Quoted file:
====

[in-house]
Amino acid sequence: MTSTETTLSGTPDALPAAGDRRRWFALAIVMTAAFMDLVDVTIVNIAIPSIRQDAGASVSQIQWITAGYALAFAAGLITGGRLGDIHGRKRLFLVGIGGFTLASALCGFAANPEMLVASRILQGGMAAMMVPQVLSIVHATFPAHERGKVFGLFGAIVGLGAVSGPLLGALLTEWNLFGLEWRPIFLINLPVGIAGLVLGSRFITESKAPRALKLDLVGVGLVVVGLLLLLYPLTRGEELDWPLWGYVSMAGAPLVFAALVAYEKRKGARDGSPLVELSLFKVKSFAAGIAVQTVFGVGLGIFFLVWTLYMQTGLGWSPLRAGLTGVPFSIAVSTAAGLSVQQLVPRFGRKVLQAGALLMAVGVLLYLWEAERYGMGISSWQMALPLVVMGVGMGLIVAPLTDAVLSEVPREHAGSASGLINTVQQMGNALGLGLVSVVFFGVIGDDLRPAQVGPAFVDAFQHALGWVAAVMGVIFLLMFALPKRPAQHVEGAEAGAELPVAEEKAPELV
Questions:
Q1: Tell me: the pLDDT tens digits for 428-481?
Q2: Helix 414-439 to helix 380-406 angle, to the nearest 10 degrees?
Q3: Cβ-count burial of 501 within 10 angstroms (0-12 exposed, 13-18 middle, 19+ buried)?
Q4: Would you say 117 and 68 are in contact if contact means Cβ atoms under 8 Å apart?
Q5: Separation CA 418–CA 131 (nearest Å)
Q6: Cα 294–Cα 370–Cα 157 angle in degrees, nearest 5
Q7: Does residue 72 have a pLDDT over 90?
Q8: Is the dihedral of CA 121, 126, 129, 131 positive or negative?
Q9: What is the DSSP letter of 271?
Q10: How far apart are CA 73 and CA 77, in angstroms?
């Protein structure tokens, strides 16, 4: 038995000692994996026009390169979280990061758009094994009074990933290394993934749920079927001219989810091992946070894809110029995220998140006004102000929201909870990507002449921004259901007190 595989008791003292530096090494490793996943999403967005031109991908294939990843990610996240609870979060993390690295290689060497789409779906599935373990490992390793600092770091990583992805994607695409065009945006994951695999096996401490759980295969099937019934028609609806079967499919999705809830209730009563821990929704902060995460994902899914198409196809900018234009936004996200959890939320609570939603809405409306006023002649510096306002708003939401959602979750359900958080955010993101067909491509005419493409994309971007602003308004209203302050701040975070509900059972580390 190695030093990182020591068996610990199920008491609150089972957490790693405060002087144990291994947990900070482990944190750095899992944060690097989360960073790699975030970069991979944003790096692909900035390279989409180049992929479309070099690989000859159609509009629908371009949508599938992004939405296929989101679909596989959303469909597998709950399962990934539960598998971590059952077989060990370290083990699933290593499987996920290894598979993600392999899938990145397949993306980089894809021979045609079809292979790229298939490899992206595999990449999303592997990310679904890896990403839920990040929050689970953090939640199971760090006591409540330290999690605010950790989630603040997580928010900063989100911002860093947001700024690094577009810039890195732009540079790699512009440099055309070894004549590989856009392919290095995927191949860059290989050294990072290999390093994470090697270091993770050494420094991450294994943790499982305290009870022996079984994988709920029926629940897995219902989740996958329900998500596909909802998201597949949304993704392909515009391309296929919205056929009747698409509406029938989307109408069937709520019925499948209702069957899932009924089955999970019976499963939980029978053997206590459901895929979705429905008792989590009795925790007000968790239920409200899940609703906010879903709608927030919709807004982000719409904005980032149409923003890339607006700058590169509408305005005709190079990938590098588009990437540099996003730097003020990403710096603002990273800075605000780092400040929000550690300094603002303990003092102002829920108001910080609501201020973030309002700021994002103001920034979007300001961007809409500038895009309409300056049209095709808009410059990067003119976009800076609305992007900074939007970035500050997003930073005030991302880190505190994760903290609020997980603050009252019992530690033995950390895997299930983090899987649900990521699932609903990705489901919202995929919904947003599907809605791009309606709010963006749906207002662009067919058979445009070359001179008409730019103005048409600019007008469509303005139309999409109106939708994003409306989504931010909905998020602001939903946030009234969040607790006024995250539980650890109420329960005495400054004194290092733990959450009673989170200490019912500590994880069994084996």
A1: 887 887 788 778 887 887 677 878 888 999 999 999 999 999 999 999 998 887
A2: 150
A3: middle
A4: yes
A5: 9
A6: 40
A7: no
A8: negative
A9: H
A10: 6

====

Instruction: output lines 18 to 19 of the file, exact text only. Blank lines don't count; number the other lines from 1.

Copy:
A4: yes
A5: 9